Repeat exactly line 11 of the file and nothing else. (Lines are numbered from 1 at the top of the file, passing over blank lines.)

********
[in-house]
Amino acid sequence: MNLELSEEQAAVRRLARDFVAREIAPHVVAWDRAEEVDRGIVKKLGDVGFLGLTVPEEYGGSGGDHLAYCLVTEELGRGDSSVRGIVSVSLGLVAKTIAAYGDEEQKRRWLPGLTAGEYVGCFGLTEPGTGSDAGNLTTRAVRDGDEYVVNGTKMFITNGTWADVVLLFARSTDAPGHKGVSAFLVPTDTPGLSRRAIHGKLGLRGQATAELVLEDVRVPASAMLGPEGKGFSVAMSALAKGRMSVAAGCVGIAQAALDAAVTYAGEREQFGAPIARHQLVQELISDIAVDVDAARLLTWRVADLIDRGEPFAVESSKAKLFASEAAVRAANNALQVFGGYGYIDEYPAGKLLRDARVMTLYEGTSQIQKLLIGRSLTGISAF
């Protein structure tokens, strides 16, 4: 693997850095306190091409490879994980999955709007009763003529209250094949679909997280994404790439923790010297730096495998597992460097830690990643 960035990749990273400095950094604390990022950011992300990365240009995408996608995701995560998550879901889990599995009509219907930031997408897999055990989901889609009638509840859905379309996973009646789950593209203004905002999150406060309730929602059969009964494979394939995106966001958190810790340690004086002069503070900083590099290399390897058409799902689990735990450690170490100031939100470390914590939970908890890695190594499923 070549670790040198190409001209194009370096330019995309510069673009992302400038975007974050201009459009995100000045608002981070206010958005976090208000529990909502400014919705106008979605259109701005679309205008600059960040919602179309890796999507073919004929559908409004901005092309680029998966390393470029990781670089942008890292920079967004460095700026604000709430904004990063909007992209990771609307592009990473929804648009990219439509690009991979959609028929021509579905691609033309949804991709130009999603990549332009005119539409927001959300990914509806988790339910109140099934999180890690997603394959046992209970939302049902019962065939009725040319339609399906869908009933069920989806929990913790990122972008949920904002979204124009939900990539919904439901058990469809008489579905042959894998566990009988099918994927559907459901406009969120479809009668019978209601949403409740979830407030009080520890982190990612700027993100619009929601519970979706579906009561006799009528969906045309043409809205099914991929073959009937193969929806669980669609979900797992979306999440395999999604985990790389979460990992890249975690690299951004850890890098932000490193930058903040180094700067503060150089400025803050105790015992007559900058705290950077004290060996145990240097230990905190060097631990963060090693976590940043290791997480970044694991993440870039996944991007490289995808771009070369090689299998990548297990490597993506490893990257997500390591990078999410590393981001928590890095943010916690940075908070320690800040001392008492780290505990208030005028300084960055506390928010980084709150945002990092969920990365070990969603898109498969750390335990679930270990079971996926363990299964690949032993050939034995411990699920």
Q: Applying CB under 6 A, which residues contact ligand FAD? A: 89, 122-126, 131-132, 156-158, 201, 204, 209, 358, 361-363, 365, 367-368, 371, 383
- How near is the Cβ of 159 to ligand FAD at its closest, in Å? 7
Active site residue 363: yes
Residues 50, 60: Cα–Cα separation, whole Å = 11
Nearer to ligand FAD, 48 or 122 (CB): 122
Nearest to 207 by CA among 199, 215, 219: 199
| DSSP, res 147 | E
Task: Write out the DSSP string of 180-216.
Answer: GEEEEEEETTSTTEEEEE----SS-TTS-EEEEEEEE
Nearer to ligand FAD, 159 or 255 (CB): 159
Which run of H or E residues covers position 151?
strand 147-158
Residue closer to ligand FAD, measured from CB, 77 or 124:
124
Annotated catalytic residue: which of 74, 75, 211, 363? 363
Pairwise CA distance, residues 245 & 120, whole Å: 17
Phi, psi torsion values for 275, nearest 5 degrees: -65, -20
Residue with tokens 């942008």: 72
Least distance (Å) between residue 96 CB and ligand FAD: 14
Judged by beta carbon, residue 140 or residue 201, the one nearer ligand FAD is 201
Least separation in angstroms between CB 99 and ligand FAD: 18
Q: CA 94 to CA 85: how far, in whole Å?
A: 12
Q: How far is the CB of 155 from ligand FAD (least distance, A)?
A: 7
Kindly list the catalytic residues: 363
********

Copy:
Task: Write out the DSSP string of 180-216.